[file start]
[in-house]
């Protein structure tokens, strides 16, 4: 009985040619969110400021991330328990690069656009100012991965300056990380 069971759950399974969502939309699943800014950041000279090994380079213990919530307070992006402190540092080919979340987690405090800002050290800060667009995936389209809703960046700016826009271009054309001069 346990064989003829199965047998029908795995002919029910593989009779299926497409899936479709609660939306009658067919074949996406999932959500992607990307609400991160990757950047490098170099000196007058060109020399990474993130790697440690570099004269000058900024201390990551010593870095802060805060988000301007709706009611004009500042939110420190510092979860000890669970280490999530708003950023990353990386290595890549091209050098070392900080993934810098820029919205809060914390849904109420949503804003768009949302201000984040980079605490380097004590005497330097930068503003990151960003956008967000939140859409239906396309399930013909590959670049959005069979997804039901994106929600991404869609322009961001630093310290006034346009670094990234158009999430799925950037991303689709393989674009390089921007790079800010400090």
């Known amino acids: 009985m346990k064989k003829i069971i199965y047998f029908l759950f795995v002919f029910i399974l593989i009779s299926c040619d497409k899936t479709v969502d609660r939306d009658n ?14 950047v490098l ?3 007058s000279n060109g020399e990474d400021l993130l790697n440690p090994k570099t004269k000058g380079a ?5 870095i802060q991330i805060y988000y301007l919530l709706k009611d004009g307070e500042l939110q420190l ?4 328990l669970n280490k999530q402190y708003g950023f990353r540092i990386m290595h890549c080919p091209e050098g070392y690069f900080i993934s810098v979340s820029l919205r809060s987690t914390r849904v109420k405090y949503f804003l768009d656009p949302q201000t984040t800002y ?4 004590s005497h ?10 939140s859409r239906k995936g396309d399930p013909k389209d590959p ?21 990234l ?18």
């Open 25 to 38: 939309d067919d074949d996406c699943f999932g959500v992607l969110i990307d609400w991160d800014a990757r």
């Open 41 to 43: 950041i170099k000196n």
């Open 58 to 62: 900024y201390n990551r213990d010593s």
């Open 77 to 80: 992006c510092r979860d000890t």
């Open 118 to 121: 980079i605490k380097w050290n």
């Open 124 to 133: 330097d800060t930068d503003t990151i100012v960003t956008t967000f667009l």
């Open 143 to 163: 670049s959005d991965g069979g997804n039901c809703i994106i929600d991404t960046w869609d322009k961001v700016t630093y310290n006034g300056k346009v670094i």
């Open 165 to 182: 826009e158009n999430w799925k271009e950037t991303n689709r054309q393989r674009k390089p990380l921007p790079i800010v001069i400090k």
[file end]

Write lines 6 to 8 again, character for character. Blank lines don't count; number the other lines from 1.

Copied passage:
């Open 58 to 62: 900024y201390n990551r213990d010593s």
């Open 77 to 80: 992006c510092r979860d000890t």
């Open 118 to 121: 980079i605490k380097w050290n």